Retailers’ income comprises only about 1% of the final price of a gallon of gas, yet they often feel as if they receive 100% of the blame.

We are the only industry that has a price sign that is big and bold for everyone to see. Not only do our customers, the consumers, see this sign, but our competitors do as well.

More than 97 percent of the nation’s convenience stores selling gasoline are owned or operated by independent companies that rely on sales in their store to run their business. Convenience store retailers dislike high gas prices as much as their customers do. When wholesale gas prices increase, they must fight to attract price-sensitive customers, often at the expense of profits, and watch their already slim gas margins decline while their credit card costs go up.

Retailers are Not “Big Oil”

Most stations sell branded gas, but they are not owned and operated by major oil companies. In fact, 56 percent of convenience stores selling gas are one-store operators, true Mom & Pop operations. It is estimated that only 2 percent of the convenience stores selling gas are owned and operated by a major oil company.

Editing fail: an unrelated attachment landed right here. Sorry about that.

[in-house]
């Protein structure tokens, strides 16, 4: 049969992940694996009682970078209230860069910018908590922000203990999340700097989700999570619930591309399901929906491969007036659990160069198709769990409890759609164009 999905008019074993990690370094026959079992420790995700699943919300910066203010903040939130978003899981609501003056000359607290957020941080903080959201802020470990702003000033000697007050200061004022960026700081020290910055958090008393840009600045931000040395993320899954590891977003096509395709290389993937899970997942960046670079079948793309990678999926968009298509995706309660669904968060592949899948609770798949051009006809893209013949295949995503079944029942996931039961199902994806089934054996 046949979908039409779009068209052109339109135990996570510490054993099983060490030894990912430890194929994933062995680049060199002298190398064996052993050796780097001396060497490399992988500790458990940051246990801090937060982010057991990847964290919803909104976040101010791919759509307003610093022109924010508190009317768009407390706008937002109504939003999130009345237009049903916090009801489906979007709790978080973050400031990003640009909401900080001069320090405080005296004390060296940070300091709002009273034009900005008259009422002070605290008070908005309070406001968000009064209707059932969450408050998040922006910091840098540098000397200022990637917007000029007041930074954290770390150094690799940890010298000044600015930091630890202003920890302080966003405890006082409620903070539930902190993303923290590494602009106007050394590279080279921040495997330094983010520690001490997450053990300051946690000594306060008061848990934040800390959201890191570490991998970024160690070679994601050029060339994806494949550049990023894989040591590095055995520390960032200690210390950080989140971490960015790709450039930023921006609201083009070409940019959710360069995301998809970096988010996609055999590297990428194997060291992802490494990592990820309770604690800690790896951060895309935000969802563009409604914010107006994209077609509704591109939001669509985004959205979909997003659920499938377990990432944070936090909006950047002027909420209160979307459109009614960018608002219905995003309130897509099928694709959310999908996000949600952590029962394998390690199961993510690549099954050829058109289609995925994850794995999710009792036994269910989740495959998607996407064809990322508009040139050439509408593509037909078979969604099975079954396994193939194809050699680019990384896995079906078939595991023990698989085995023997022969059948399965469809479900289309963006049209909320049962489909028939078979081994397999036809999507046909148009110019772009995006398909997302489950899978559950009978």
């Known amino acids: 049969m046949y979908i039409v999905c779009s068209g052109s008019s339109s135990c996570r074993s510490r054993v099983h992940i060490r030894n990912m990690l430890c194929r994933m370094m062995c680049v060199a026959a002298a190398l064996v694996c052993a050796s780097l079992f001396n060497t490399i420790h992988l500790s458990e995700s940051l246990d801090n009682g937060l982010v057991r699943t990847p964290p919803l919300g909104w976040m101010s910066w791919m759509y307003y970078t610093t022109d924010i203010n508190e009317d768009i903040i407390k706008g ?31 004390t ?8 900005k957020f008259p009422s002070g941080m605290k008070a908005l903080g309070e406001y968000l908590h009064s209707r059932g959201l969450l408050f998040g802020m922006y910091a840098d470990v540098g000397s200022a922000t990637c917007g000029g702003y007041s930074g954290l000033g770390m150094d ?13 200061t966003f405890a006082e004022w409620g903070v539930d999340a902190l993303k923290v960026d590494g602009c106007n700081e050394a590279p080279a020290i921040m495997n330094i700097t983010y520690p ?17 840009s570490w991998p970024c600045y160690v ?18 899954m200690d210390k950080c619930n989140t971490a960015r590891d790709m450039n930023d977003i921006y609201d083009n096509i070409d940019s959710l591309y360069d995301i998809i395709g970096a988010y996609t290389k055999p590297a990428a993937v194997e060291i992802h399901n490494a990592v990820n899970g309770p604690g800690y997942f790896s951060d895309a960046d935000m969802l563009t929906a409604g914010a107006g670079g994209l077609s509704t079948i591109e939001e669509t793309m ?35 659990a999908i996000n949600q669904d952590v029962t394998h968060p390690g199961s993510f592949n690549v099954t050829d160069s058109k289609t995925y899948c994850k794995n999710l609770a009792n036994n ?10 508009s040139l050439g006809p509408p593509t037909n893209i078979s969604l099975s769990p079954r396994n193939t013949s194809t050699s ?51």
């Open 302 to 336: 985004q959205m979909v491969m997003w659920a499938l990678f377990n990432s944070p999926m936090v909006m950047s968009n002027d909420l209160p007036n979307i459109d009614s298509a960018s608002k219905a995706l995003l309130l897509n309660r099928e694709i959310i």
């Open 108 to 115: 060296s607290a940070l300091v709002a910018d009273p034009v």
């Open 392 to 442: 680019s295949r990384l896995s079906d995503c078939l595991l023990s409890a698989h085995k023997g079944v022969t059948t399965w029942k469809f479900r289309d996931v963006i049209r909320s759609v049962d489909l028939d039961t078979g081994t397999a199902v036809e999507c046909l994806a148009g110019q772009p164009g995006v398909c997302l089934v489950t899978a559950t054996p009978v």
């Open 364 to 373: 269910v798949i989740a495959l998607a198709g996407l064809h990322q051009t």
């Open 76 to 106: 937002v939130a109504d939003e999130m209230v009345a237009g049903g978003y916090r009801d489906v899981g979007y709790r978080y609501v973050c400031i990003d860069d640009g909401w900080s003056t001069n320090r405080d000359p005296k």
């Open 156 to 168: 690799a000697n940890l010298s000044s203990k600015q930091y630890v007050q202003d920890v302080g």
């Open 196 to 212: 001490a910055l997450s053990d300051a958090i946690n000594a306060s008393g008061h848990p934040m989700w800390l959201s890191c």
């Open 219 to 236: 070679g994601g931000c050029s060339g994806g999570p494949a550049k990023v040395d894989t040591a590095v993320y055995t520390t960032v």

Retailers Make Very Little Selling Gas

Generally, the markup (or “margin”) on a gallon of gas is about 15 cents per gallon (gross profit before expenses). Factoring in expenses, which include rent, utilities, freight, labor and credit card fees, a retailer is left with about 2 cents per gallon in profit. Stores sell an average of 4,000 gallons per day, so retailers typically make about $100 per day selling gas (net profit available to pay other costs not previously referenced such as maintenance and insurance). Margins can vary wildly throughout the year. When wholesale prices climb, retailers typically hold back price increases, knowing that price-sensitive customers will go somewhere else to buy their fuel – and other items inside the store. This often leads to a situation where retailers will lose money on every gallon they sell. When wholesale prices fall, retailers seek to extend margins to compensate for lost margins when prices were rising.

Today, retailers cannot run their business on gas sales alone. While 68 percent of a typical store’s sales dollars in 2008 came from selling gas, less than 27 percent of their profit dollars came from fuel.

Quite simply, they have two tough choices, either keep gas margins at traditional levels and know they will lose customers if they are priced higher than the competition, or eat margins to keep gas customers (and in-store customers). If there are no gas customers, there are no in-store customers.

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